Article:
City demolishes man’s home and business despite court order

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BUFFALO, N.Y. (WIVB)–All that is left of Timothy Jones’ property at the corner of Jefferson Avenue and Carlton Street—Jones’ apartment above a former restaurant–is a hole in the ground, surrounded by an orange plastic fence, and signs warning of asbestos.

The restaurant was the former The Belt’s Own Steak Shop which was heavily damaged by fire, last year, then last week Jones found a final notice that the property was due to be demolished tacked to a door on the building.

The notice was dated August 15, and Kevin Stocker, Jones’ lawyer, wonders why Jones never received a notice at his temporary address.

“On the notice they had Timothy’s forwarding address where he was located. So he never got notice, where he was living, that they had intentions to do this.”

Even though the fire was ruled accidental, Jones’ insurance carrier took more than a year to process his claim, and city building inspectors seemed to believe repairs to the property were not imminent.

So as time passed and the fire-damaged building deteriorated, Jones said he came upon Buffalo firefighters using the house for practice—further damaging the two-story house—and asked one of the firefighters why they were using his property without his permission.

“I took pictures, I asked the guy what is going on?  He said, the city owns this building. Then he got on the phone and somebody told him to go ahead, and they kept going.”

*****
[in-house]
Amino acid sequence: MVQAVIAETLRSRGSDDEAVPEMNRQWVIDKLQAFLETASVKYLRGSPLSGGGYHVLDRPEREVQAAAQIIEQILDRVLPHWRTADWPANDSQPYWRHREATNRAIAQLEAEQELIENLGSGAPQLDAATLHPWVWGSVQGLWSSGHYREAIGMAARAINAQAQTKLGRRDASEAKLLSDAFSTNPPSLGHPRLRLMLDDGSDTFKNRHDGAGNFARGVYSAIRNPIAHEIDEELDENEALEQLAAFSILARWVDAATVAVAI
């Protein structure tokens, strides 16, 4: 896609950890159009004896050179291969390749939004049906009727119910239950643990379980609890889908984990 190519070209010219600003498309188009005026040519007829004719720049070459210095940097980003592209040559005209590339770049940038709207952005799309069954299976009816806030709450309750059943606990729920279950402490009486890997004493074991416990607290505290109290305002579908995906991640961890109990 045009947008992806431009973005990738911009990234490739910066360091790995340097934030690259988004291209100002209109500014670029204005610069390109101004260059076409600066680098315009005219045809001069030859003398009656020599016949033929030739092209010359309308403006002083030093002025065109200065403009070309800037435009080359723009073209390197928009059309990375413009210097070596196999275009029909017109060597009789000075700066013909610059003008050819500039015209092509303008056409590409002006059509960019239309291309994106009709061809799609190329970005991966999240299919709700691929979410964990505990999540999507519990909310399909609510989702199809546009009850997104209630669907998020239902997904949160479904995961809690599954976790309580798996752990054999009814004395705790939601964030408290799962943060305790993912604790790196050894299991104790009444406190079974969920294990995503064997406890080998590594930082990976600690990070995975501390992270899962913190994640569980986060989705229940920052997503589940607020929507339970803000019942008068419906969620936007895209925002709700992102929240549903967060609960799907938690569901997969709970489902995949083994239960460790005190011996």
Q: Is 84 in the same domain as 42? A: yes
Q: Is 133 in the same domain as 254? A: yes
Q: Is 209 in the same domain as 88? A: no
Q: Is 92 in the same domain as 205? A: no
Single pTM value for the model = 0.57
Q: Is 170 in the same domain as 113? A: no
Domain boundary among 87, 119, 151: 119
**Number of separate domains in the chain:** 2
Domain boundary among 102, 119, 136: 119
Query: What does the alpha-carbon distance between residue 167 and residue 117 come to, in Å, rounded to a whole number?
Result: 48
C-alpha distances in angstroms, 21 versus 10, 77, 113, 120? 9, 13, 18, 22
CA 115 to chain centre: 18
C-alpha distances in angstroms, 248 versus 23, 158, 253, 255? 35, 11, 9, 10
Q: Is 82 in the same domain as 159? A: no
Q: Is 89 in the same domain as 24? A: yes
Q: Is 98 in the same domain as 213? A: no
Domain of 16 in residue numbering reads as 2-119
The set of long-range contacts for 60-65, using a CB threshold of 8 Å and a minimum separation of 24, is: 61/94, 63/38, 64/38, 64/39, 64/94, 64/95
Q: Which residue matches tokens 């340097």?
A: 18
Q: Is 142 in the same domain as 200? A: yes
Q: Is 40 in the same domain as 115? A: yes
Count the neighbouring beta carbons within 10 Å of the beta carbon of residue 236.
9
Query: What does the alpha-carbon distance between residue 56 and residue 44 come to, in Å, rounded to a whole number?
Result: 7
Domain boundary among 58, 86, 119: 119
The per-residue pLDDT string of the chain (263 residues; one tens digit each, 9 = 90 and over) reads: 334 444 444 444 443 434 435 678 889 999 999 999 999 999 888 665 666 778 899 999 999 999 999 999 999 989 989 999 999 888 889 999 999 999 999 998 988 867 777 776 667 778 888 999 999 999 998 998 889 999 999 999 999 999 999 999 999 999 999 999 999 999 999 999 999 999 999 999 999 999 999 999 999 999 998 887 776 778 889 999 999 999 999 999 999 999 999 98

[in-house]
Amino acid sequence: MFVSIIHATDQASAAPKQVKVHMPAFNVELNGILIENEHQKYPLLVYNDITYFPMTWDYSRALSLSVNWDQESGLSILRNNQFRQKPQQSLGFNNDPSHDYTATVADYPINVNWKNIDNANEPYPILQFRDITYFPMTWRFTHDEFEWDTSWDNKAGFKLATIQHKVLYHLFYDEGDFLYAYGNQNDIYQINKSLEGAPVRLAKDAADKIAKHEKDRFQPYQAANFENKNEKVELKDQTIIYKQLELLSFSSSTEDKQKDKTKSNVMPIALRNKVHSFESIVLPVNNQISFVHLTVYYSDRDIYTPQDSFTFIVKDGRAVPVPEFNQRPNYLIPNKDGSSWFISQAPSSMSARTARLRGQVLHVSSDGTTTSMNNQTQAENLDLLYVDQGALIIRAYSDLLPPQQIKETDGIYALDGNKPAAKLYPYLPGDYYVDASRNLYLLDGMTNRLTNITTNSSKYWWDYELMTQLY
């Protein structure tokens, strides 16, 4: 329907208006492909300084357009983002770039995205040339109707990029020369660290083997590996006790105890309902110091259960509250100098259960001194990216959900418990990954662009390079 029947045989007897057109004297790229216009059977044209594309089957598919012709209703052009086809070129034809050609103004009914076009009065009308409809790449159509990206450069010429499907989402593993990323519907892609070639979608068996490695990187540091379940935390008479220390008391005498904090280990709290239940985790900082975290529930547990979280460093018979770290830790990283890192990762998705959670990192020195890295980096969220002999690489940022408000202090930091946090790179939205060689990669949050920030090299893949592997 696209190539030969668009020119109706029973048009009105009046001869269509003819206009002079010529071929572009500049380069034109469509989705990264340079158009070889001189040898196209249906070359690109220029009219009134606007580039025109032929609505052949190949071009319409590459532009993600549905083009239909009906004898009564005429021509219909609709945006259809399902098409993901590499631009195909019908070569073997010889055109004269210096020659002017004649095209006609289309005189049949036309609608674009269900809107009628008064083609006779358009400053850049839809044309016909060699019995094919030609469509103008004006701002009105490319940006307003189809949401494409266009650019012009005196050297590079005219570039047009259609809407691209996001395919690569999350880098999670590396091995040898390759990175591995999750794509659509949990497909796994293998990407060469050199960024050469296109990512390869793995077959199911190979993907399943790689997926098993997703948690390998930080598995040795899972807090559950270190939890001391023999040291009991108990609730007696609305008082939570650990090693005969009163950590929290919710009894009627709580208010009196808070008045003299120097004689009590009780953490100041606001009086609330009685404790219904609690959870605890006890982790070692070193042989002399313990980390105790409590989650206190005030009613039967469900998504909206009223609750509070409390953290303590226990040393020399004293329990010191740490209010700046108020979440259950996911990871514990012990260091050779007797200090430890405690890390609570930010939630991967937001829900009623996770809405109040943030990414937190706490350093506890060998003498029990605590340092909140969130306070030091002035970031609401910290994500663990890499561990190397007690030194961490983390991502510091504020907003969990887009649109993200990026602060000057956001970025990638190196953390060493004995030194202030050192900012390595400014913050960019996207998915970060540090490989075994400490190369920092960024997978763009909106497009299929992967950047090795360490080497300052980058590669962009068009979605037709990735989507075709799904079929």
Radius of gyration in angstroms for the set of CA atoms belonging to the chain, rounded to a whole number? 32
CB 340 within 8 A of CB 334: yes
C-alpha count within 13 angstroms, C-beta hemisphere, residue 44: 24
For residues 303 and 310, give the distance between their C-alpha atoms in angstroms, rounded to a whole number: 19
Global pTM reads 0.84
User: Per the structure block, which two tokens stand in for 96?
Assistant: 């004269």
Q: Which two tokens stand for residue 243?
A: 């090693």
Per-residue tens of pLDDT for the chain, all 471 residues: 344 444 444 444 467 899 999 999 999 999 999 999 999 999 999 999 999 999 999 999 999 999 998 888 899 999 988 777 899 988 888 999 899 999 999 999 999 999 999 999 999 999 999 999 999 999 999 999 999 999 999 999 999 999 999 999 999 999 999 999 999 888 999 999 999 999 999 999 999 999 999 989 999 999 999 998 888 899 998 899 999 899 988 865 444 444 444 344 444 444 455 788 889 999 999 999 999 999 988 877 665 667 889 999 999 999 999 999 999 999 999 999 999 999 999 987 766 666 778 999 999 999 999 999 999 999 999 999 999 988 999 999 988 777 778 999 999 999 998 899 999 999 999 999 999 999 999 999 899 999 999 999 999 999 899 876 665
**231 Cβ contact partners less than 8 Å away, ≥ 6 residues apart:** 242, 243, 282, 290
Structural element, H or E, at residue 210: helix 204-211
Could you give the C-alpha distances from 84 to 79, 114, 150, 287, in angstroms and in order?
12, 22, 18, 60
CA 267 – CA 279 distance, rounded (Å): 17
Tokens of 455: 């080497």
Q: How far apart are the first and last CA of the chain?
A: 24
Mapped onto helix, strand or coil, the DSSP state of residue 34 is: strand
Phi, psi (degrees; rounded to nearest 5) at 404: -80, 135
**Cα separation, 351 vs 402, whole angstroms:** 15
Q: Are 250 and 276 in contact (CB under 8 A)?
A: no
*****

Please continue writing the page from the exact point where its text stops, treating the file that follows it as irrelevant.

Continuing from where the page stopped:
Stocker notified Buffalo’s Law Department Jones had finally received his insurance settlement and was in the process of making the needed repairs, but in a thread of emails between Stocker and the city attorneys, Stocker was informed if he wanted a last minute reprieve, he would need to get an order in state court.

The Tonawanda attorney, obtained a restraining order in state court, “We advised the City Law Department that the Temporary Restraining Order was signed, and for some reason they went forward and demolished it anyway.”

While Stocker went to state court to get the TRO, city attorneys went to city court, considered Stocker a no show, and proceeded with the demolition.

The demolition contractor was Hannah Demolition, Inc. and company president Albert Steele said city officials gave him the go ahead Friday, “I checked with the city and they said it was a go to take the building down.”

Jones is wondering what to do after a court order failed to protect his property, “I have nothing.  It is a hole in the ground and, from what I am hearing, I am going to end up owing the city.”

A hearing was set for this Friday in state court, where attorneys for Jones and the city were supposed to argue the pros and the cons of the restraining order–if the city had not torn down Jones’ building.

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